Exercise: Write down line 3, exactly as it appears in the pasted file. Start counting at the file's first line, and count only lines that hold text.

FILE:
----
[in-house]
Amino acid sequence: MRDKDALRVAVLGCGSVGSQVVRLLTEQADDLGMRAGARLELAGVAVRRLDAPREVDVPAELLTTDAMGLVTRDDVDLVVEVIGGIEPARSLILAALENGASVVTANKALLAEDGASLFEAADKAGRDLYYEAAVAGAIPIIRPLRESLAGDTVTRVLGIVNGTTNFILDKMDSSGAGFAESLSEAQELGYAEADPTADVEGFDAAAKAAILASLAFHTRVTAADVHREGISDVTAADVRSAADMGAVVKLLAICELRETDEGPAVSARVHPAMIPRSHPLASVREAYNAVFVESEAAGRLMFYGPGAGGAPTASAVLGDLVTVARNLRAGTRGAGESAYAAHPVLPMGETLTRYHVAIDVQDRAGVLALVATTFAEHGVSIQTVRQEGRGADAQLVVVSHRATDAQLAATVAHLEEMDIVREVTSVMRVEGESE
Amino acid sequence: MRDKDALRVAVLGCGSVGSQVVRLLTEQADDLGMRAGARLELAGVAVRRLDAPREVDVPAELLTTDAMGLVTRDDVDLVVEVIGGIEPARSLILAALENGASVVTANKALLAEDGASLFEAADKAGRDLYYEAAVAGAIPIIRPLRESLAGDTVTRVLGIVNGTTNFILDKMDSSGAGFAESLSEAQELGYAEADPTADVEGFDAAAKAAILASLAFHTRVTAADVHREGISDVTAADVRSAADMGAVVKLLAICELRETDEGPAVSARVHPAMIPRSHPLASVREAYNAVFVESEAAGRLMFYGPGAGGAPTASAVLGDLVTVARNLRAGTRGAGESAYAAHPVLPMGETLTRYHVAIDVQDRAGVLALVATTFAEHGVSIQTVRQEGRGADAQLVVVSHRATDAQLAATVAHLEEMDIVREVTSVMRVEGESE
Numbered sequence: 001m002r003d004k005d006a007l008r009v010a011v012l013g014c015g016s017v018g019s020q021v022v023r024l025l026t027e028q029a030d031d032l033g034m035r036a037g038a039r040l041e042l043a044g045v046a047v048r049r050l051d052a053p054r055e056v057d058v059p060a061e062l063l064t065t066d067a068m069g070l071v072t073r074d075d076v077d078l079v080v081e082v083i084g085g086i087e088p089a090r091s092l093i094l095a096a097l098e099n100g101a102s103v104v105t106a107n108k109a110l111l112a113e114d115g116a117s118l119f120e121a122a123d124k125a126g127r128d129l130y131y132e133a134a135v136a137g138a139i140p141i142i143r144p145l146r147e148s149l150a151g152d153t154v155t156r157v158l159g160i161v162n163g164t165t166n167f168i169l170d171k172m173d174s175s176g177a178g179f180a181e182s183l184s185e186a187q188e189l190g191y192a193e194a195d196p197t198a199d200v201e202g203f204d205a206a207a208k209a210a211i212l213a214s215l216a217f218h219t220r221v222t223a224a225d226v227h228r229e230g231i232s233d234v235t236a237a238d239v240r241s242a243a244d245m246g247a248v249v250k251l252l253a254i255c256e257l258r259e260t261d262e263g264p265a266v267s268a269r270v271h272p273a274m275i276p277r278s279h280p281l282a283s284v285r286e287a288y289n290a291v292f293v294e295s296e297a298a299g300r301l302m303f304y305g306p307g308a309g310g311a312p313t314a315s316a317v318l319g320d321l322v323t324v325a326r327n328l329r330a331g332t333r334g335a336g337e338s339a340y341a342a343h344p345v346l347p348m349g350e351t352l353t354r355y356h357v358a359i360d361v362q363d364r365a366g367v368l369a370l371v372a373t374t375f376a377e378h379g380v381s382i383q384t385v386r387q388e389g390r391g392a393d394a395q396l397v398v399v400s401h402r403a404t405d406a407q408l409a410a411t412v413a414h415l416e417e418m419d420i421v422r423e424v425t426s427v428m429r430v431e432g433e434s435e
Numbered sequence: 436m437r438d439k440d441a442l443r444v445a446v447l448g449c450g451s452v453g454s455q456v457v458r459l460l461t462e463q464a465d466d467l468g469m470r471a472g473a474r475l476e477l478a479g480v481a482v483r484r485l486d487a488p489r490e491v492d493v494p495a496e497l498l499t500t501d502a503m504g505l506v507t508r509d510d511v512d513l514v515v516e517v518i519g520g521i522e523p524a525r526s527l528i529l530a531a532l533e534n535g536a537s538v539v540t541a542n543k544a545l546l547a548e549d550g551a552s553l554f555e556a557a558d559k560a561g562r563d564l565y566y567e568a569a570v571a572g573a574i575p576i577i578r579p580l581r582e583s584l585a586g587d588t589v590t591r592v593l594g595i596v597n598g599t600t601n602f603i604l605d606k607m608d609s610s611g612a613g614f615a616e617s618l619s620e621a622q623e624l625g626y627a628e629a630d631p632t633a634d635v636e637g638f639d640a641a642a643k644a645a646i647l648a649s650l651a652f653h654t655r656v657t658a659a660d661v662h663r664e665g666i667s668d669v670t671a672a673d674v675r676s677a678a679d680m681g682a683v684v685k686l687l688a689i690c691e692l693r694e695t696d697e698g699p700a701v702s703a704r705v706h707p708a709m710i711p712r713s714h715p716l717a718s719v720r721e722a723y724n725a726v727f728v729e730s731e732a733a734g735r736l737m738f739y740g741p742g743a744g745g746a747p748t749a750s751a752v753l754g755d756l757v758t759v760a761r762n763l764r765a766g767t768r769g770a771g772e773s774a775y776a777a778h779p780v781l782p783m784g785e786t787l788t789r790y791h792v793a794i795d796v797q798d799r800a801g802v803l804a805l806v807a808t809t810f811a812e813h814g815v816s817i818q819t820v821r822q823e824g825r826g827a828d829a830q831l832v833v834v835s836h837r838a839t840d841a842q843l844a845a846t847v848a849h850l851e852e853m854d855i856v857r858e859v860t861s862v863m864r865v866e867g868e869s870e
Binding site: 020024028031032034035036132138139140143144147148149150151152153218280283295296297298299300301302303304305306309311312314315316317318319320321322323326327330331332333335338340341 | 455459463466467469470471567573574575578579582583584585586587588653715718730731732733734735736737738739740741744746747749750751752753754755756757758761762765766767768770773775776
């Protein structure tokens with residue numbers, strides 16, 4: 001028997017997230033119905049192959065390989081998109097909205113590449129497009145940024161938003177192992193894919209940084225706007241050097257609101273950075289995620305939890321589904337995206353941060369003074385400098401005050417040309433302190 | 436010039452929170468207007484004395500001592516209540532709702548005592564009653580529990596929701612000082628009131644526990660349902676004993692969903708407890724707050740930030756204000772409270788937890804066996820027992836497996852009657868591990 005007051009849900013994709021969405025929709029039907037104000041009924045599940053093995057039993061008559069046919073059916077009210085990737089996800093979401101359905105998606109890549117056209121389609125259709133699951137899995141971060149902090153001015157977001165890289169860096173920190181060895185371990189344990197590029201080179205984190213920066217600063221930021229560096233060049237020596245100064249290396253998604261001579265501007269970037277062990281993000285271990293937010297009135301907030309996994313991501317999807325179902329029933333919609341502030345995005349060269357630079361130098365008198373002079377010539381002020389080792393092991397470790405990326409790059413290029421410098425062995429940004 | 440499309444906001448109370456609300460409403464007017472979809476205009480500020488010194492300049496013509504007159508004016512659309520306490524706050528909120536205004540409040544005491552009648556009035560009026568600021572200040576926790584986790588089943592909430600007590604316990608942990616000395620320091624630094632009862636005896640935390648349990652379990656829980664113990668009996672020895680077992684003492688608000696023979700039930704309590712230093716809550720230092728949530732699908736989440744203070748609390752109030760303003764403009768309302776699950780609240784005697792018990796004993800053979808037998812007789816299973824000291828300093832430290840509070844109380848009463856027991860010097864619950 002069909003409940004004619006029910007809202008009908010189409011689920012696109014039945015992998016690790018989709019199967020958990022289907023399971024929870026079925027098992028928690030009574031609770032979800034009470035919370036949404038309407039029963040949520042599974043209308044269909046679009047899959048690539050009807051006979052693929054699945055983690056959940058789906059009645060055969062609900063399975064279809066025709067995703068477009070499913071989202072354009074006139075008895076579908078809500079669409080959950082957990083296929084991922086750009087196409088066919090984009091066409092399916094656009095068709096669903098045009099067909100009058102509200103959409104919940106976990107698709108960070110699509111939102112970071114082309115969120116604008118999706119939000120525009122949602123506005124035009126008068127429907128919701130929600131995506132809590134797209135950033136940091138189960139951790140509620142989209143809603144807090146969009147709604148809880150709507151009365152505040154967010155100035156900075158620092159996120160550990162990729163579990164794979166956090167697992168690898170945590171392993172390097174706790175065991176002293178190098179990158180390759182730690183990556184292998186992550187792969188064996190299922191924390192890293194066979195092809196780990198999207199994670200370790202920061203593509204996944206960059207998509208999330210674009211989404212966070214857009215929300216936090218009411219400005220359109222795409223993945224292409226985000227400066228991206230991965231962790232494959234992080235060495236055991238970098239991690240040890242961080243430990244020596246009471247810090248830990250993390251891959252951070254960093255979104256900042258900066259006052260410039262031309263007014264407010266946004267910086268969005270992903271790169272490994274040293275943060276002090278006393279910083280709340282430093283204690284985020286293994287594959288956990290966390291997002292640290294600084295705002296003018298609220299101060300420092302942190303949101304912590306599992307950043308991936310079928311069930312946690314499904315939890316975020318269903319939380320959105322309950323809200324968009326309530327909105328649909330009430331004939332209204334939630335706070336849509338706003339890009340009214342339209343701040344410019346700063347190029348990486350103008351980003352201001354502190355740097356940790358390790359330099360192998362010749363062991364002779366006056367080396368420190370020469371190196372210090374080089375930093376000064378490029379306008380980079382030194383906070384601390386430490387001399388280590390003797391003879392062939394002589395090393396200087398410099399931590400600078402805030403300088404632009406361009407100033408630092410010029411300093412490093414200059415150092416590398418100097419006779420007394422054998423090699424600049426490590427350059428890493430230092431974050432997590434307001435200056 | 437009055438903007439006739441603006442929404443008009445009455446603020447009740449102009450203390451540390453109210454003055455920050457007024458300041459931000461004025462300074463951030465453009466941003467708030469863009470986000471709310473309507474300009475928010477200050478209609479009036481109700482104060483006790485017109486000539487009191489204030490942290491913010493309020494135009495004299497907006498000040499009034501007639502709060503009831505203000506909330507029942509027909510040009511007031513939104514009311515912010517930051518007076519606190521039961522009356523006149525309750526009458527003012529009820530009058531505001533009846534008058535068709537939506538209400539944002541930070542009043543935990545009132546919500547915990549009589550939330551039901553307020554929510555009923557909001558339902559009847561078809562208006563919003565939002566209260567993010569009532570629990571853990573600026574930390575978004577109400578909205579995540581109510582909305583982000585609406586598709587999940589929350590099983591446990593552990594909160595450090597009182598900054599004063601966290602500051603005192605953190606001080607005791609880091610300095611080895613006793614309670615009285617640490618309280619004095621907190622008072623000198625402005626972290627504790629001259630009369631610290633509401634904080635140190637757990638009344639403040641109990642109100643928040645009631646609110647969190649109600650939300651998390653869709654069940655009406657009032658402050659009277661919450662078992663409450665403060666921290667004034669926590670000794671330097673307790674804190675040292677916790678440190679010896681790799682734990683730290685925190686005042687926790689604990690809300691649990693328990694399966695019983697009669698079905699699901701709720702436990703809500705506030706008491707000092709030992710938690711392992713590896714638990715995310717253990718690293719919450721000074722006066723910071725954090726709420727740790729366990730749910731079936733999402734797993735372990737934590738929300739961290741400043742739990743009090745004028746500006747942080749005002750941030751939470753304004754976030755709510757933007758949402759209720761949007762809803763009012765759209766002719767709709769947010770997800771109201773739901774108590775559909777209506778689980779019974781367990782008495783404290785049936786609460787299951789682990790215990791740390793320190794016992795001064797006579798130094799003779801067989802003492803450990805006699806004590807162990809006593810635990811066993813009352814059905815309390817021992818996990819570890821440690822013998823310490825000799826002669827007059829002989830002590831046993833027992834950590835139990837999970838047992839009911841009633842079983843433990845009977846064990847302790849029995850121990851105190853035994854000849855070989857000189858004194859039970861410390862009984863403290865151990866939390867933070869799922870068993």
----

Amino acid sequence: MRDKDALRVAVLGCGSVGSQVVRLLTEQADDLGMRAGARLELAGVAVRRLDAPREVDVPAELLTTDAMGLVTRDDVDLVVEVIGGIEPARSLILAALENGASVVTANKALLAEDGASLFEAADKAGRDLYYEAAVAGAIPIIRPLRESLAGDTVTRVLGIVNGTTNFILDKMDSSGAGFAESLSEAQELGYAEADPTADVEGFDAAAKAAILASLAFHTRVTAADVHREGISDVTAADVRSAADMGAVVKLLAICELRETDEGPAVSARVHPAMIPRSHPLASVREAYNAVFVESEAAGRLMFYGPGAGGAPTASAVLGDLVTVARNLRAGTRGAGESAYAAHPVLPMGETLTRYHVAIDVQDRAGVLALVATTFAEHGVSIQTVRQEGRGADAQLVVVSHRATDAQLAATVAHLEEMDIVREVTSVMRVEGESE